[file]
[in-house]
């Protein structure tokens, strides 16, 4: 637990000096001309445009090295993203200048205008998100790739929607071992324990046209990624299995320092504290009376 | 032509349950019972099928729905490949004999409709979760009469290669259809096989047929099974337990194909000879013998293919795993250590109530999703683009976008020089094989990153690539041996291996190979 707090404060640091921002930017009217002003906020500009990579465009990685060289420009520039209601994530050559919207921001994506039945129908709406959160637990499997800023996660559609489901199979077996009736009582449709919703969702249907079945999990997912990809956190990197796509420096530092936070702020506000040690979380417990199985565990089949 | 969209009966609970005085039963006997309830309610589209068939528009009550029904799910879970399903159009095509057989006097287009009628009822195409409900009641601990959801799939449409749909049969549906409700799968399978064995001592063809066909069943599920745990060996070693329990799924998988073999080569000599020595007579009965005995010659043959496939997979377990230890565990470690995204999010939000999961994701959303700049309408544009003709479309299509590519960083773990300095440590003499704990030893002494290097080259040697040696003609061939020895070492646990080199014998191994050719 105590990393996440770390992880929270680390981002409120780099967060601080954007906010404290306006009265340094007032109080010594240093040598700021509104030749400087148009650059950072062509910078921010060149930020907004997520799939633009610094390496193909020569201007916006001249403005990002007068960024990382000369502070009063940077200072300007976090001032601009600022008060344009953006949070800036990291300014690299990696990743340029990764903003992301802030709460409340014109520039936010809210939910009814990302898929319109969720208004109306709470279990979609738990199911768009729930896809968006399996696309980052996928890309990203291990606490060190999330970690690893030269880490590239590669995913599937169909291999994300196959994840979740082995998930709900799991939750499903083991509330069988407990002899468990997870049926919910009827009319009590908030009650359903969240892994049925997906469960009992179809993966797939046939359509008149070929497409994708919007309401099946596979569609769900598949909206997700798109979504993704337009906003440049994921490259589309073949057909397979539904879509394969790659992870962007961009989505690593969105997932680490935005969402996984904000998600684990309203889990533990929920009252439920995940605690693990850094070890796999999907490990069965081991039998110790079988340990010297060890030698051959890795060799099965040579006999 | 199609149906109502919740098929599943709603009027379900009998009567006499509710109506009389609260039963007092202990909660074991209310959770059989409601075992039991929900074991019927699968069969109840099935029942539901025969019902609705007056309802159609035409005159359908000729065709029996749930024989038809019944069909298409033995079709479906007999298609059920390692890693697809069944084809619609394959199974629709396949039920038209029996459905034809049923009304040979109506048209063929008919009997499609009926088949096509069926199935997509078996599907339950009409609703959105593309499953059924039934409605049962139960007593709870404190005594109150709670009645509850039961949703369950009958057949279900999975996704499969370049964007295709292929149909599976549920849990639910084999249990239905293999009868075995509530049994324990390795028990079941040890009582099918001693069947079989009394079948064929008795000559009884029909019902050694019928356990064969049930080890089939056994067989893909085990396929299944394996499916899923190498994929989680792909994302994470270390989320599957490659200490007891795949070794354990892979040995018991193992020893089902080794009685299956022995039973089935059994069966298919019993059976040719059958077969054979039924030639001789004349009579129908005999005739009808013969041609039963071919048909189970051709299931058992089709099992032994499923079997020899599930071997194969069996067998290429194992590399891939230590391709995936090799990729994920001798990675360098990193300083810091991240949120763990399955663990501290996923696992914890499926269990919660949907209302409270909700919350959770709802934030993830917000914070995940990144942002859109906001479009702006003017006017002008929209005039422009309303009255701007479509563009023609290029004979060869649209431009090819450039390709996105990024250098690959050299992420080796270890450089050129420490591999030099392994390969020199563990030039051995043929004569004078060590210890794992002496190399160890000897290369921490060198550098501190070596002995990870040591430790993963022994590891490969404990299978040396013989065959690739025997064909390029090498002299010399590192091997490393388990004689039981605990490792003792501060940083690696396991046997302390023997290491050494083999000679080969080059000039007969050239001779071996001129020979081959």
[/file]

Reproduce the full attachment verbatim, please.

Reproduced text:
[in-house]
């Protein structure tokens, strides 16, 4: 637990000096001309445009090295993203200048205008998100790739929607071992324990046209990624299995320092504290009376 | 032509349950019972099928729905490949004999409709979760009469290669259809096989047929099974337990194909000879013998293919795993250590109530999703683009976008020089094989990153690539041996291996190979 707090404060640091921002930017009217002003906020500009990579465009990685060289420009520039209601994530050559919207921001994506039945129908709406959160637990499997800023996660559609489901199979077996009736009582449709919703969702249907079945999990997912990809956190990197796509420096530092936070702020506000040690979380417990199985565990089949 | 969209009966609970005085039963006997309830309610589209068939528009009550029904799910879970399903159009095509057989006097287009009628009822195409409900009641601990959801799939449409749909049969549906409700799968399978064995001592063809066909069943599920745990060996070693329990799924998988073999080569000599020595007579009965005995010659043959496939997979377990230890565990470690995204999010939000999961994701959303700049309408544009003709479309299509590519960083773990300095440590003499704990030893002494290097080259040697040696003609061939020895070492646990080199014998191994050719 105590990393996440770390992880929270680390981002409120780099967060601080954007906010404290306006009265340094007032109080010594240093040598700021509104030749400087148009650059950072062509910078921010060149930020907004997520799939633009610094390496193909020569201007916006001249403005990002007068960024990382000369502070009063940077200072300007976090001032601009600022008060344009953006949070800036990291300014690299990696990743340029990764903003992301802030709460409340014109520039936010809210939910009814990302898929319109969720208004109306709470279990979609738990199911768009729930896809968006399996696309980052996928890309990203291990606490060190999330970690690893030269880490590239590669995913599937169909291999994300196959994840979740082995998930709900799991939750499903083991509330069988407990002899468990997870049926919910009827009319009590908030009650359903969240892994049925997906469960009992179809993966797939046939359509008149070929497409994708919007309401099946596979569609769900598949909206997700798109979504993704337009906003440049994921490259589309073949057909397979539904879509394969790659992870962007961009989505690593969105997932680490935005969402996984904000998600684990309203889990533990929920009252439920995940605690693990850094070890796999999907490990069965081991039998110790079988340990010297060890030698051959890795060799099965040579006999 | 199609149906109502919740098929599943709603009027379900009998009567006499509710109506009389609260039963007092202990909660074991209310959770059989409601075992039991929900074991019927699968069969109840099935029942539901025969019902609705007056309802159609035409005159359908000729065709029996749930024989038809019944069909298409033995079709479906007999298609059920390692890693697809069944084809619609394959199974629709396949039920038209029996459905034809049923009304040979109506048209063929008919009997499609009926088949096509069926199935997509078996599907339950009409609703959105593309499953059924039934409605049962139960007593709870404190005594109150709670009645509850039961949703369950009958057949279900999975996704499969370049964007295709292929149909599976549920849990639910084999249990239905293999009868075995509530049994324990390795028990079941040890009582099918001693069947079989009394079948064929008795000559009884029909019902050694019928356990064969049930080890089939056994067989893909085990396929299944394996499916899923190498994929989680792909994302994470270390989320599957490659200490007891795949070794354990892979040995018991193992020893089902080794009685299956022995039973089935059994069966298919019993059976040719059958077969054979039924030639001789004349009579129908005999005739009808013969041609039963071919048909189970051709299931058992089709099992032994499923079997020899599930071997194969069996067998290429194992590399891939230590391709995936090799990729994920001798990675360098990193300083810091991240949120763990399955663990501290996923696992914890499926269990919660949907209302409270909700919350959770709802934030993830917000914070995940990144942002859109906001479009702006003017006017002008929209005039422009309303009255701007479509563009023609290029004979060869649209431009090819450039390709996105990024250098690959050299992420080796270890450089050129420490591999030099392994390969020199563990030039051995043929004569004078060590210890794992002496190399160890000897290369921490060198550098501190070596002995990870040591430790993963022994590891490969404990299978040396013989065959690739025997064909390029090498002299010399590192091997490393388990004689039981605990490792003792501060940083690696396991046997302390023997290491050494083999000679080969080059000039007969050239001779071996001129020979081959």